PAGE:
2:29 p.m. — Wednesday, May 3, 2006
(Oops, what happened to April?)
Last night, we hit a milestone: Ryan installed the first of our three kitchen counter sections. The section between the side door and the stove, spanning the sink and the dishwasher, to be precise.
This would be much easier to describe with pictures, but alas, they are stuck on the camera at the moment...
So after much deliberation and research, we decided to go with the wood trim edge for our countertops, incorporating the much-debated "bend thin strips around the curves" approach.
To begin, Ryan cut a section of the 1x2 maple edging lengthwise into ~1/4" strips, ensuring that when the strips were glued together, they equalled the same thickness as the uncut section. Then, he clamped the strips above our steaming humidifier (while turning on the dehumidifier at the other end of the basement, which was kinda funny) and increased the angle of the curve every few hours, until the strips wrapped properly around the MDF form for the corner. He repeated this process for every 2 or 3 strips of wood, until all the strips were glued together around the base. This was a big project.
Next, he sprayed the top of the countertop base and the bottom of the laminate with heavy-duty 3M adhesive. (A word of advice: use this stuff OUTSIDE — the fumes are overwhelming in a confined space, even with the windows open. Ryan got a nosebleed later that night that we are attributing to the fumes...he never gets nosebleeds.) After ensuring that the laminate was going on straight, we starting laying it at one end of the base while Ryan rolled it along with his wheel until the whole base was covered with the laminate. It overhung all four sides by a few inches.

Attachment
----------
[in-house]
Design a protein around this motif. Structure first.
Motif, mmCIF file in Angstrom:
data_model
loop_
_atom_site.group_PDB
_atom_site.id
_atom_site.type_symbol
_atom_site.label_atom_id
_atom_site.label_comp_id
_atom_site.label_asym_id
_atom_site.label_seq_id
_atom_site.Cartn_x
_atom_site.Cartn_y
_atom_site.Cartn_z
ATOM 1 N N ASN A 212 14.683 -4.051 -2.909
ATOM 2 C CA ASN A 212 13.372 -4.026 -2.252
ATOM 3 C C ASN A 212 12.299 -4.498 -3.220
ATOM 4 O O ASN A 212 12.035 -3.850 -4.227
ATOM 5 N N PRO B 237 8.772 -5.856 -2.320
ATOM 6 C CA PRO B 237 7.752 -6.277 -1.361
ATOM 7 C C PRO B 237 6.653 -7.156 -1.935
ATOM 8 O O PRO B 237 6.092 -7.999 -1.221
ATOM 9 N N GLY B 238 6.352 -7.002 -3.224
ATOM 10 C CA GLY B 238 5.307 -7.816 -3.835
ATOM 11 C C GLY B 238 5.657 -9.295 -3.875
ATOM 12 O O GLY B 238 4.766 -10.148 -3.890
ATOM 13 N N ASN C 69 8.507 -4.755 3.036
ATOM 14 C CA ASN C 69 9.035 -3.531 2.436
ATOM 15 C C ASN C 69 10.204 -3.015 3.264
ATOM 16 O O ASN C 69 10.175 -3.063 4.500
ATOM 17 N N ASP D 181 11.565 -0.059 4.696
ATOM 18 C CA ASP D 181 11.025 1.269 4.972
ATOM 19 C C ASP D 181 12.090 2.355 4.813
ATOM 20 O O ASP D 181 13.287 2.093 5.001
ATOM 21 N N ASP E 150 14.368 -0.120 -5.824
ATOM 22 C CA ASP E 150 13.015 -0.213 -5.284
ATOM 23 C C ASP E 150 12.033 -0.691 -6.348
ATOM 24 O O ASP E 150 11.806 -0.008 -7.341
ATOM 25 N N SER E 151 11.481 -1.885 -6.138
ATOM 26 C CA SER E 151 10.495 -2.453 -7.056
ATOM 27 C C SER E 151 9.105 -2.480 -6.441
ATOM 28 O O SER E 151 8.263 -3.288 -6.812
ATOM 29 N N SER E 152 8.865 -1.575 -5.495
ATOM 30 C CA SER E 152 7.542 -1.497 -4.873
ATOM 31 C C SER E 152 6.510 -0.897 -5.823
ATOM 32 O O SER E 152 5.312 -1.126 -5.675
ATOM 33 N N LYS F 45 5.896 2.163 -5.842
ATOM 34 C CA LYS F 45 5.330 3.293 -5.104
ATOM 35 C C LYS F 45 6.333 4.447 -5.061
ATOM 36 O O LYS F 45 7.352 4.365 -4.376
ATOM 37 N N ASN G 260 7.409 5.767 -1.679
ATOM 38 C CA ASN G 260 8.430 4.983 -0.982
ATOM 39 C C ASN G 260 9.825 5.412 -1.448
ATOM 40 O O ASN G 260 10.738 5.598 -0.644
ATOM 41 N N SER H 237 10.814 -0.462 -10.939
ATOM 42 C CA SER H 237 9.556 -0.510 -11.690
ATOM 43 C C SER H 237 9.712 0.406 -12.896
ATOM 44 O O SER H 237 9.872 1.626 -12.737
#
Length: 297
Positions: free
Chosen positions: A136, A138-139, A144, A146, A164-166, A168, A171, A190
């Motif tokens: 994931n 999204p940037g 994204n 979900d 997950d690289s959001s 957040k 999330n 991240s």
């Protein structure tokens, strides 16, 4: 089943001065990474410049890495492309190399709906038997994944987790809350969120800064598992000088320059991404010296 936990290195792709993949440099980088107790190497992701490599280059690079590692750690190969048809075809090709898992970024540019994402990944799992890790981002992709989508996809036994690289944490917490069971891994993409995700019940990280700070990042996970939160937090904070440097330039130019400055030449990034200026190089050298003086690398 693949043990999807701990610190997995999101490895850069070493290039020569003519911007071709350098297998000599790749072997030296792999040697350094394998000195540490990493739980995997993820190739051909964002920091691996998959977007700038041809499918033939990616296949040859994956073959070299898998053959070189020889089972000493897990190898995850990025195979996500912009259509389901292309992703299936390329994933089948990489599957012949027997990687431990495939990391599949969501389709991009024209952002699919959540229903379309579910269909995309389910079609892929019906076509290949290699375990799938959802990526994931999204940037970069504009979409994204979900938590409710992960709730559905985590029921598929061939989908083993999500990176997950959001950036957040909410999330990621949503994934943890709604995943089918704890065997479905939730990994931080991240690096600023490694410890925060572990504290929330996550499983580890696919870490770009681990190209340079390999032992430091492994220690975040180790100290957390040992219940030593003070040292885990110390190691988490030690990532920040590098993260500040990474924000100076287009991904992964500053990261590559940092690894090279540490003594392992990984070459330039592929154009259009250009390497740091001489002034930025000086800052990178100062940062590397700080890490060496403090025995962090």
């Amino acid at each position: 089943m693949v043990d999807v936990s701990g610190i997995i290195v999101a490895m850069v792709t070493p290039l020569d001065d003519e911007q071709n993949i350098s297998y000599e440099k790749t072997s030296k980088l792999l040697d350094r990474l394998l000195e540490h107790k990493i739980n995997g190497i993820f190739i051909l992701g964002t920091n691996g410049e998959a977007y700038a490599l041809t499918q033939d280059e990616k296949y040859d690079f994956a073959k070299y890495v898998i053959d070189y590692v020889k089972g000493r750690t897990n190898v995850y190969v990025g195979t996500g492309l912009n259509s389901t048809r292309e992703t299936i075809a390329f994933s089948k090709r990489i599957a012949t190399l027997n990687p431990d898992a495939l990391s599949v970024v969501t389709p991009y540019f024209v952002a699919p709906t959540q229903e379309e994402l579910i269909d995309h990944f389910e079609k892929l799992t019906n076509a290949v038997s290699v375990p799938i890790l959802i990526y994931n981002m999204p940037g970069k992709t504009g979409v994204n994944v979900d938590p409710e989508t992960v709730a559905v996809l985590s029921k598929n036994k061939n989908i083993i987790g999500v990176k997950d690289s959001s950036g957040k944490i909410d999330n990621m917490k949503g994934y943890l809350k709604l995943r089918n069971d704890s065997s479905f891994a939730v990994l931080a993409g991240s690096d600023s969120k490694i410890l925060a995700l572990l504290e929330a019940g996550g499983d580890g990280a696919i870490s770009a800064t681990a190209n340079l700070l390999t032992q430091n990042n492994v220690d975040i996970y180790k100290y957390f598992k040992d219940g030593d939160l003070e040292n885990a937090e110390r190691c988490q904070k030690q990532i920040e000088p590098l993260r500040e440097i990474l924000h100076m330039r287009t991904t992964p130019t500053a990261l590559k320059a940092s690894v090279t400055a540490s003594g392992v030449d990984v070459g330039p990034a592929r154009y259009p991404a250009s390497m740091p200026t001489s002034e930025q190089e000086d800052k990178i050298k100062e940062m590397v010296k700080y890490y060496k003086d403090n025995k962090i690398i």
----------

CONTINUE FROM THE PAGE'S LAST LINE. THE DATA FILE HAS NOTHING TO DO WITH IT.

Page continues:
[Funny how he's using all these "industrial" tools that I'm so familiar with in print studios...the spray adhesive, the wheel...]
After the laminate dried, he was finally able to clean it all up and *drumroll please* route the edges.
Unfortunately, the first go-round was not a huge success.
The bit seriously chewed up / gouged one section of the strips glued around the corner. After some re-examination and cooling-off time, Ryan went around the edge a few more times, and thankfully, things really started to come together. He got a clean, consistent edge all the way around the front of the counter and around the curve. He used a straight edge router bit along the back and the side by the stove, which by comparison was a piece of cake.
After experimenting with several different stains, we found one that closely matched the deep red tint of our cherry cabinets. The stain took several days to dry, and then we polyurethaned the edge. After it was all dry (last night), we carried the countertop upstairs for the moment of truth: Would it or would it not fit in place?
I think I'll leave that for the pictures... ;)